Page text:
The Caregivers is a unique series focused on the challenges and triumphs of caregiving. These stories have been created through a strategic partnership between AARP and Word In Black.

For more than forty years, Sekou Shabaka had a mix of titles in his career in government–from chief juvenile probation officer and school board member to a deputy commissioner of corrections and a playwright. At age 79, he co-founded the Shrine of the Black Madonna Sanctuary, a non-profit organization in Goochland, Virginia.

Now, he’s looking to expand.

What inspired you to start an organization?

It’s creativity or just plain old service. When I retired, I saw an opportunity to take all of those things that I learned working for someone else and to put my own unique stamp on it and see what I could do to make life better for others.

What’s your vision for the sanctuary?

We know the seniors out here who are not getting food. We know it’s seniors out here who have too much pride to go down to social services and sign up. We wanted to be an organization where people could hear our name and know that food is coming, clothes are coming, advocacy work is coming, loans are coming. 

Who helps out?

We have grandmothers who are taking care of their grandchildren. Some of the seniors are accustomed to serving–no matter how meager their resources. What we produce is exponentially away from how much money we have because we do the hard work.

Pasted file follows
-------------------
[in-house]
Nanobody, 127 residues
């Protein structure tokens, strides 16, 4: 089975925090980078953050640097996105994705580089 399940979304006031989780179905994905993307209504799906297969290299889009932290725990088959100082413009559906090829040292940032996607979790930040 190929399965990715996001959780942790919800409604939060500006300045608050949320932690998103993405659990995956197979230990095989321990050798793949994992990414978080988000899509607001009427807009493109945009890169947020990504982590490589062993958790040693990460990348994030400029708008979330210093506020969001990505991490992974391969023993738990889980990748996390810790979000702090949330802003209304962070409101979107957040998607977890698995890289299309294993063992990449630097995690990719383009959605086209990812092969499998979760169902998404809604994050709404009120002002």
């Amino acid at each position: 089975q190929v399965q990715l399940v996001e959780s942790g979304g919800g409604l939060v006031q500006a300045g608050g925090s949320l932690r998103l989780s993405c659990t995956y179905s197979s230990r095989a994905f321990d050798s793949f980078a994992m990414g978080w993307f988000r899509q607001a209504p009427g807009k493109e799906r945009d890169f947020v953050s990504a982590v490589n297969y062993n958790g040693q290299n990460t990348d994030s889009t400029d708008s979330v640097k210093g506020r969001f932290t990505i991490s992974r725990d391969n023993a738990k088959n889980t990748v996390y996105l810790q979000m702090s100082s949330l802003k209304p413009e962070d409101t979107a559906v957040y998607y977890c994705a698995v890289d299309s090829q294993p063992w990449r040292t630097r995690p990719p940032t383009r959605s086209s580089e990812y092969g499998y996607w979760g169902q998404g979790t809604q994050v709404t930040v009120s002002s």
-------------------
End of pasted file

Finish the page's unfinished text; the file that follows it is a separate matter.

What are you working on to expand the organization? 

I’m thinking about getting someone to help me with a bartering system; you list and you trade off–because that’s what it was before. What we’re doing is bringing them back in their mind to the same thing that they were accustomed to before — that you wouldn’t have to go to an official agency and sign up — that you would expect your neighbor to help you.

What advice do you have for someone wanting to start an organization? 

You have to have a belief system. You have to have a philosophy. You have to have a set of principles that guide you, first of all, because that will determine your performance, your behavior, your model, and the results that you want. 

What are some of the wisest words you’ve received in life?

My father told me — and bless him, he’s passed: “You can’t change the world, Sekou, but in your five-square-mile area in which you live, you certainly can make a difference.”